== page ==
Great Books in Life Magazine
A Manhattan Project for the Humanities: The Syntopicon on the installment plan
In January 1948 Life magazine published a group photograph of scholars at the University of Chicago posing in an attitude of high seriousness. Like an elite sports team, they stood or sat cross-legged behind 102 card catalogue drawers, each of which was marked with an upright cardboard flag bearing the name of a Great Idea. The photo celebrated the making of the Syntopicon. This massive index of Western thought, which in conception had grown godlike out of the head of Mortimer Adler, was intended to help readers navigate their way through the Great Books. 1
The idea for the Great Books of the Western World2 emerged from a course taught to Chicago-area business leaders by two University of Chicago faculty members, University President Robert Maynard Hutchins and Mortimer Adler.3 Among the first group of students was Senator William Benton, CEO of the *Encyclopaedia Britannica, who proposed to publish a ‘Great Books’ set, edited by Adler and Hutchins. The project allowed Adler both to popularize the Great Books and to bring together a ‘Summa Dialectica’. Central to the project was Adler’s ‘Syntopicon’, an *index of the Great Ideas contained in the Great Books.4 Originally budgeted at $60,000 and slated to be completed in two years, the Great Books actually required eight years and more than $2 million.5
In 1952, 1,863 sets were sold (500 to original subscribers), but only 138 the following year. In 1956, Britannica began marketing the set selling door-to-door with an installment plan. It sold more than 50,000 copies in 1961.6
50,000 people in thousands of book discussion groups
Hutchins and Adler launched a series of Great Books “Shared Inquiry™ seminars.” These text-based seminars inspired a Great Books continuing education program at the University of Chicago and a Chicago Public Library workshop where librarians and volunteers were trained to start their own groups. Similar workshops were held in New York and other cities, inundating the University of Chicago with inquiries from individuals, clubs, and labor unions across the country.
By 1949 The Foundation’s stated objective was to provide the means of a genuine liberal education for all adults. By the end of the year, an estimated 50,000 people in thousands of book discussion groups were meeting regularly in public libraries, homes, churches, and synagogues nationwide.7
Great Books mania
In A Great Idea at the Time Alex Beam8 explores the Great Books mania, in an entertaining and strangely poignant portrait of American popular culture on the threshold of the television age. A Great Idea at the Time will leave readers asking themselves: Have I read Lucretius's De Rerum Natura lately? If not, why not? Today the classics of the western canon, written by the proverbial “dead white men,” are cannon fodder in the culture wars.9 But in the 1950s and 1960s, they were a pop culture phenomenon. The Great Books of Western Civilization, fifty-four volumes chosen by intellectuals at the University of Chicago, began as an educational movement, and evolved into a successful marketing idea. Why did a million American households buy books by Hippocrates and Nicomachus from door-to-door salesmen? And how and why did the great books fall out of fashion?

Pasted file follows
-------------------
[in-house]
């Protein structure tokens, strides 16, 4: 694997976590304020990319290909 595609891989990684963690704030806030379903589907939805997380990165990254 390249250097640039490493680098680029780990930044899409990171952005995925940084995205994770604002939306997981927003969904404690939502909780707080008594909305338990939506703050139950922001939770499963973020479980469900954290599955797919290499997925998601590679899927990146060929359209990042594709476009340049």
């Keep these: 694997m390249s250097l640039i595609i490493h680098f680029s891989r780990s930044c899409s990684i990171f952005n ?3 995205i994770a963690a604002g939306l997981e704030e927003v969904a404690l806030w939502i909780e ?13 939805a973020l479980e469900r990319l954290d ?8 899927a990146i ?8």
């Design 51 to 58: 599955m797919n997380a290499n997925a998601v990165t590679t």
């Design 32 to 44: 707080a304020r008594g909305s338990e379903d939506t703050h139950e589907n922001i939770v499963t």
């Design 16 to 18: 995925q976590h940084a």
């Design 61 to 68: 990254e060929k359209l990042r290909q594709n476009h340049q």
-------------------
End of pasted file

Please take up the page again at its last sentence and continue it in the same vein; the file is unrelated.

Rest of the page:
The Great Books movement had a great impact on philosopher, Richard Rorty.10
Although not as popular as in the 1950s and 1960s, there are many places online where the idea of the “Great Books” continue to inspire readers.
‘The 102 Great Ideas: Scholars Complete a Monumental Catalog’, Life, 26 January 1948, 92–3.
Hutchins, Robert Maynard. Great Books : the Foundation of a Liberal Education. New York: Simon and Schuster, 1954.
Dzuback, MA. “Hutchins, Adler, and the University of Chicago: A Critical Juncture.” American Journal of Education 99, no. 1 (1990): 57–76.
A Syntopicon: An Index to The Great Ideas (1952; second edition, 1990) is a two-volume index, published as volumes 2 and 3 of Encyclopædia Britannica, Inc.’s collection Great Books of the Western World.
Born, Daniel. “Utopian Civic-Mindedness: Robert Maynard Hutchins, Mortimer Adler, and the Great Books Enterprise.” In Reading Communities from Salons to Cyberspace, 81–100. London: Palgrave Macmillan UK
Rubin, Joan Shelley. 1992. The making of middlebrow culture. Chapel Hill: University of North Carolina Press.
Beam, A. (2008). A great idea at the time: The rise, fall, and curious afterlife of the great books. New York, NY: Public Affairs.
Philosopher Mortimer Adler talked about the history and significance of the Great Books of the Western World college courses and adult education programs at the National Press Club in 1991. Topics included the criticism of the Great Books programs, beginning in 1988, as too Eurocentric and lacking women and minority authors. After his presentation Professor Adler answered audience members' questions. See at C-Span.
Gross, Neil. “The Hutchins College.” In Richard Rorty, 84–105. Chicago: University of Chicago Press, 2019.